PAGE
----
Thoughts on True Cost Accounting, biological intensification, soil and ruminants

I shall start by discussing why it has been, and continues to be hard to make sustainable food production profitable. The key reason is the absence of what the Sustainable Food Trust are calling True Cost Accounting. By this we mean the way in which the range of costs and benefits arising from different farming systems, both negative and positive, are not properly valued or paid for, with the result that intensive farming is more profitable and products from those systems are more affordable than those from sustainable production.

In my talk I shall discuss the need to identify, categorise, quantify and eventually monetise the range of so called externalities arising from different farming systems. I shall then go on to review ways in which in the future, producers whose farming practices result in damaging environmental and public health outcomes could be made financially accountable for these costs, and conversely farmers who build natural capital, including soil and biodiversity, and produce healthy food with minimal pollution, could be properly rewarded for their efforts.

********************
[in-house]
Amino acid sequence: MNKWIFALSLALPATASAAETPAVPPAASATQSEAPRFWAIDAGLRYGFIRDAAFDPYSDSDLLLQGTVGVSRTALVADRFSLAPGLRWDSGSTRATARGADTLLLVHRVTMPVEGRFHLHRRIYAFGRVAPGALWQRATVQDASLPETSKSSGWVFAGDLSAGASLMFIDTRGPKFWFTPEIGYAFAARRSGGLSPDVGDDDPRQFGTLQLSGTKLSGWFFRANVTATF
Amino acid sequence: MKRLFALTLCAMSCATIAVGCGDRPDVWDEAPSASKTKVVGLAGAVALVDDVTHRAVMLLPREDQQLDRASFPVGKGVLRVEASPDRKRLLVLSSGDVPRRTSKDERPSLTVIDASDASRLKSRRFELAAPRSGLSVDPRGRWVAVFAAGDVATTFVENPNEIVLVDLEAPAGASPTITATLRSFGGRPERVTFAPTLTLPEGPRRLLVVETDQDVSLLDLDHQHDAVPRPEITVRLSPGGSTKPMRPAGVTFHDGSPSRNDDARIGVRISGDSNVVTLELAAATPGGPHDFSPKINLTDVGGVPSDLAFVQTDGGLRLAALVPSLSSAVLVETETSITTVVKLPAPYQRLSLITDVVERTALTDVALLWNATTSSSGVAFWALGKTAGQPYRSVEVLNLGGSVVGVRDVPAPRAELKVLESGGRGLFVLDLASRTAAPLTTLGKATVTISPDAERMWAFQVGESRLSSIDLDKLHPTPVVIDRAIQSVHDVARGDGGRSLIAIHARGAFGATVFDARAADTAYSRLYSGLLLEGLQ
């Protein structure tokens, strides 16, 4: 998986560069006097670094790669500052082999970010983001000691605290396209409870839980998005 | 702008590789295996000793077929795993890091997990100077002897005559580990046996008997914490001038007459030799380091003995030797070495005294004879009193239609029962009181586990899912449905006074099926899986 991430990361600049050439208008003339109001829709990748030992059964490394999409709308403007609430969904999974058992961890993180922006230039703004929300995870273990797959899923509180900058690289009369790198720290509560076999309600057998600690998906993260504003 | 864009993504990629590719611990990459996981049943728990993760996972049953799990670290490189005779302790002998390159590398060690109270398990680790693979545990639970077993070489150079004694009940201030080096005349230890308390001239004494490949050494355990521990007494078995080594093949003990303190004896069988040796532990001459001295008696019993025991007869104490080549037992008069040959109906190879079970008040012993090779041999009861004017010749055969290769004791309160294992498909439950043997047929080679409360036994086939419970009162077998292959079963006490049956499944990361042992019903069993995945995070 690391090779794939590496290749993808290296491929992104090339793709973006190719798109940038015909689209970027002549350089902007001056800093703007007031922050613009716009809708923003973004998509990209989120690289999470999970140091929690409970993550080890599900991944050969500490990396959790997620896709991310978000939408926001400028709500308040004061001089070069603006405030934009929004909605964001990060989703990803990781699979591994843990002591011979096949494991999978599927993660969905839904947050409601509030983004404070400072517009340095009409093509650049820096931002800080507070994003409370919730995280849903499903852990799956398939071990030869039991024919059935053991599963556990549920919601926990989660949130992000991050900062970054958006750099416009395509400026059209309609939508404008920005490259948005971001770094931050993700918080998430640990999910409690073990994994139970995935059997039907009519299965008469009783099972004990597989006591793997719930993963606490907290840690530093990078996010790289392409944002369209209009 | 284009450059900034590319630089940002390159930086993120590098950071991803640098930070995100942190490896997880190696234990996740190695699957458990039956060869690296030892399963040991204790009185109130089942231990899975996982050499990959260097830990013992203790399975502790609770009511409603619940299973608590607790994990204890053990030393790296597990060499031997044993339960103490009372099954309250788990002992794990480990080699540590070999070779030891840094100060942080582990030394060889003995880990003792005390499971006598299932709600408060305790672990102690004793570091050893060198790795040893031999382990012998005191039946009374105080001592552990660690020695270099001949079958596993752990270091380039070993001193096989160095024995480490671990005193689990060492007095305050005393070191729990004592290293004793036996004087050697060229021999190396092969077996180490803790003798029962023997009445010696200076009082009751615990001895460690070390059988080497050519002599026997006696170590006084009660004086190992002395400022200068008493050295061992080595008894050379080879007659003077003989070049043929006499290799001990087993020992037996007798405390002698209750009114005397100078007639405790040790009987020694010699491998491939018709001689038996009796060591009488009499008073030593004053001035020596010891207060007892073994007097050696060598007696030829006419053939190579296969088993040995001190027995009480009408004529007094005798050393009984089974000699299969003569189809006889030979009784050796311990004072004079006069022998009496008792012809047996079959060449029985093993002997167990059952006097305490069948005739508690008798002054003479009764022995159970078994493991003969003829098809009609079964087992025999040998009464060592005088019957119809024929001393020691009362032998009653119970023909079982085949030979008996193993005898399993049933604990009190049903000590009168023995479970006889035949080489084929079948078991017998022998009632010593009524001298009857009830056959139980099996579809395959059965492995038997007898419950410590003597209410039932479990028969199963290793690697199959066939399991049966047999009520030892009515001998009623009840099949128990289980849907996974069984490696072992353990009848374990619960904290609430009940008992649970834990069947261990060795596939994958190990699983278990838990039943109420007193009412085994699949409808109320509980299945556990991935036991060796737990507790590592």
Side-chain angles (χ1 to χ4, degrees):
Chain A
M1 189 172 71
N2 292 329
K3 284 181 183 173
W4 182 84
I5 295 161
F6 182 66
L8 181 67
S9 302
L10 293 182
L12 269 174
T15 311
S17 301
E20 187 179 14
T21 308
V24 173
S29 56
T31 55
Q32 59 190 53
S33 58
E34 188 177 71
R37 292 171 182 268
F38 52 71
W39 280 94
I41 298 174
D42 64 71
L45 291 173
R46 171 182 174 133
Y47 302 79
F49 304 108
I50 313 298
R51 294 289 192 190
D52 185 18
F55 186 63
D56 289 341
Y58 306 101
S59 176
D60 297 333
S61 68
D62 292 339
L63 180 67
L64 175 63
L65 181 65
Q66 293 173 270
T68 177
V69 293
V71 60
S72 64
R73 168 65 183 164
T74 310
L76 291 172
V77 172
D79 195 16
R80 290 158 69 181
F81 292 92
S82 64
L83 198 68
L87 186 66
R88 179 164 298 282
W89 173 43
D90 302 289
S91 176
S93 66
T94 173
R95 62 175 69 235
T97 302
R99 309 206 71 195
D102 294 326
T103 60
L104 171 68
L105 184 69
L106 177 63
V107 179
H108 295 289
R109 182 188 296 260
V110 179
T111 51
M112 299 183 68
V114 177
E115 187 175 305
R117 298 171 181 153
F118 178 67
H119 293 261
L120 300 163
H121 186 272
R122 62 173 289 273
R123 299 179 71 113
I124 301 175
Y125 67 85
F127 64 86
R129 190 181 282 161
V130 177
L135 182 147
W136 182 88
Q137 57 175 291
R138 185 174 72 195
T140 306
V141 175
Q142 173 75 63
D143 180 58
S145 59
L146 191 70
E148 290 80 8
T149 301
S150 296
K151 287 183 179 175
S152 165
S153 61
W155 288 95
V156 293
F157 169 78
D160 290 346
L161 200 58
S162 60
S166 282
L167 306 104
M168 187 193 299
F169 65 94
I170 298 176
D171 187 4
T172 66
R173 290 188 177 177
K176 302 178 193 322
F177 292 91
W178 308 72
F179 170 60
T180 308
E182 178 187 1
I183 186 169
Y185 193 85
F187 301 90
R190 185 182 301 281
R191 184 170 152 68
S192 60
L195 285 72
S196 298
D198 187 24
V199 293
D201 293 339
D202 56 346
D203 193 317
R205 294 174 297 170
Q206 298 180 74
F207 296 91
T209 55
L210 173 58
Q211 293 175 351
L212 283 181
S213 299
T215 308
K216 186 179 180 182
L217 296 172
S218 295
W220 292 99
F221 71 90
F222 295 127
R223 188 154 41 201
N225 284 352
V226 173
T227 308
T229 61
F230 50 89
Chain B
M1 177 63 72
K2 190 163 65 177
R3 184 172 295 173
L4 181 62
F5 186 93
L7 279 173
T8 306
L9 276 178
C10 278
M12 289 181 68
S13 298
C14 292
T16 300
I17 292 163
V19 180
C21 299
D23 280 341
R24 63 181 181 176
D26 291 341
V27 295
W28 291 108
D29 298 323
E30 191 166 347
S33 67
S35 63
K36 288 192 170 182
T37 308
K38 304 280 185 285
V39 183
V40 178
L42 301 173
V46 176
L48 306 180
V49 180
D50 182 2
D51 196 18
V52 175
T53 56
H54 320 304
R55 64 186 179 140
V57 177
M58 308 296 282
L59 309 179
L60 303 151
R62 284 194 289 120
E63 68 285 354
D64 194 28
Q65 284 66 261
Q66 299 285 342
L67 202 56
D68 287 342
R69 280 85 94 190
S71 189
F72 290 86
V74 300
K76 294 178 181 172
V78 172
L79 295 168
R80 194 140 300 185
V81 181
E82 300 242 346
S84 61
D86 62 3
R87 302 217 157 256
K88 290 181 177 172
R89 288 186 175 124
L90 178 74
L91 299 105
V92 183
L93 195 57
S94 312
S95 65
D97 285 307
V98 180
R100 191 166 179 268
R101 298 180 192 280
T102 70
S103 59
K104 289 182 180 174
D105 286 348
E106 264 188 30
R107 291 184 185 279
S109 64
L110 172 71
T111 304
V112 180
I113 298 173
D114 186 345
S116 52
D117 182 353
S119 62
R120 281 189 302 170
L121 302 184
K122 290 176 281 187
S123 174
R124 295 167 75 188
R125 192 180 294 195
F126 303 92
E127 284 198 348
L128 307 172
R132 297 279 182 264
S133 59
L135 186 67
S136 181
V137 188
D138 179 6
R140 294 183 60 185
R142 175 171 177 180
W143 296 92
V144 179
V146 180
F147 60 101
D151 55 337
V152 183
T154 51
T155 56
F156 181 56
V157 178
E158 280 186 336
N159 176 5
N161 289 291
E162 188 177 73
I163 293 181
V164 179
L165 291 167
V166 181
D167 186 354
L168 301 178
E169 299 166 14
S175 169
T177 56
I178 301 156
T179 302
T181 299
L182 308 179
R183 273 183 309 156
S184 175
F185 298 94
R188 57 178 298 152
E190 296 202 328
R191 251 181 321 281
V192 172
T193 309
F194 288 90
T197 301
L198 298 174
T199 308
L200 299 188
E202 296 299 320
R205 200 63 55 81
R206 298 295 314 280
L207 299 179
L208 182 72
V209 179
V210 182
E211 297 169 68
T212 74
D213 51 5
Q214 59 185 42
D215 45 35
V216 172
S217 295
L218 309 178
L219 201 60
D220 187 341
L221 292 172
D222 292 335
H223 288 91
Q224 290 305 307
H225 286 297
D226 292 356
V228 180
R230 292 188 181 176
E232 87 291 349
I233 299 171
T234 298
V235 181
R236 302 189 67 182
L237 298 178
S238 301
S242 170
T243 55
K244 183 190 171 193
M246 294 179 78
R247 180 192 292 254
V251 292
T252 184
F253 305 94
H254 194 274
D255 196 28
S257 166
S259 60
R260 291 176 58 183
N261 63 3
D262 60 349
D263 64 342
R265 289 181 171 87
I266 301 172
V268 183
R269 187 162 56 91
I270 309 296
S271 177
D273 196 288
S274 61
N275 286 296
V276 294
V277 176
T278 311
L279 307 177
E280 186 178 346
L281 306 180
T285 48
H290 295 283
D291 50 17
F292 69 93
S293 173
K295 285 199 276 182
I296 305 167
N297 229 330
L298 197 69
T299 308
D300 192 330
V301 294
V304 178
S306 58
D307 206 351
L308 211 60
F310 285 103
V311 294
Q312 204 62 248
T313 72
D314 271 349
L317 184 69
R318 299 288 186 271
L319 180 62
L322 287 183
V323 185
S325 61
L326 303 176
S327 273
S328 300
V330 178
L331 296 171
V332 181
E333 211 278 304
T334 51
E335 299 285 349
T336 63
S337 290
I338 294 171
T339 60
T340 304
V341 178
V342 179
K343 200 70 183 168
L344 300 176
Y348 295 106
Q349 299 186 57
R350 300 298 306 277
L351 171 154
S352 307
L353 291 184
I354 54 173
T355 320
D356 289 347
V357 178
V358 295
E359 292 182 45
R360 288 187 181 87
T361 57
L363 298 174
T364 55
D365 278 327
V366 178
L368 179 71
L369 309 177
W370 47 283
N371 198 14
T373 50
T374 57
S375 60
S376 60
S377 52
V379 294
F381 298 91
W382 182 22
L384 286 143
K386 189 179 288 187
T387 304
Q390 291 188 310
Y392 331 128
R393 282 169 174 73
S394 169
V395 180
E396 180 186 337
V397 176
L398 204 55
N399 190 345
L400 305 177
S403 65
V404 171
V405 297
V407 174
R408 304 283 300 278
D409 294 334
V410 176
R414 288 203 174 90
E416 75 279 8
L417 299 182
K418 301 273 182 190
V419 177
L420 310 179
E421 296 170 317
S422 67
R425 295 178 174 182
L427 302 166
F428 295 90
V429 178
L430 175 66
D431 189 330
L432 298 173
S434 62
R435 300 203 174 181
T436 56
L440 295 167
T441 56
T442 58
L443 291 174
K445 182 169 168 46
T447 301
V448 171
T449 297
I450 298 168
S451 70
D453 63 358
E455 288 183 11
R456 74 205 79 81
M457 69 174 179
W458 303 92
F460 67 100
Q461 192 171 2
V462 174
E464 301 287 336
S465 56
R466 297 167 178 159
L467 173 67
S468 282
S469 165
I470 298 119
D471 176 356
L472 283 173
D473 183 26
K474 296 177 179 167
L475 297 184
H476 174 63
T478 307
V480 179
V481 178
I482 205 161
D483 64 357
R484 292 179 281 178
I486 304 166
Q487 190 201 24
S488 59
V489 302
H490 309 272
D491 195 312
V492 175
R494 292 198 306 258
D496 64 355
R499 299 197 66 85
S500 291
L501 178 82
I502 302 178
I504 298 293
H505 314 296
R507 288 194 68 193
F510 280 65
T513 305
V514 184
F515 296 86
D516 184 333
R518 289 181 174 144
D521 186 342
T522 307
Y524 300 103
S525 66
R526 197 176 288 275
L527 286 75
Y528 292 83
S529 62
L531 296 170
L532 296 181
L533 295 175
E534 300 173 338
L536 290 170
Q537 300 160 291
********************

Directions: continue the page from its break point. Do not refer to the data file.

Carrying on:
I shall discuss the need for a definition of ‘sustainable intensification’ and suggest that the only kind of intensification that is compatible with the principles of sustain-able food and farming will be biological and not chemical and explain why. Finally, I will describe some recent revelations which have led to a profound shift in my understanding about the central importance of building soil fertility and of the role of ruminants in sustainable food systems.


Theme: other
Published: 26th November 2014
Author: Patrick Holden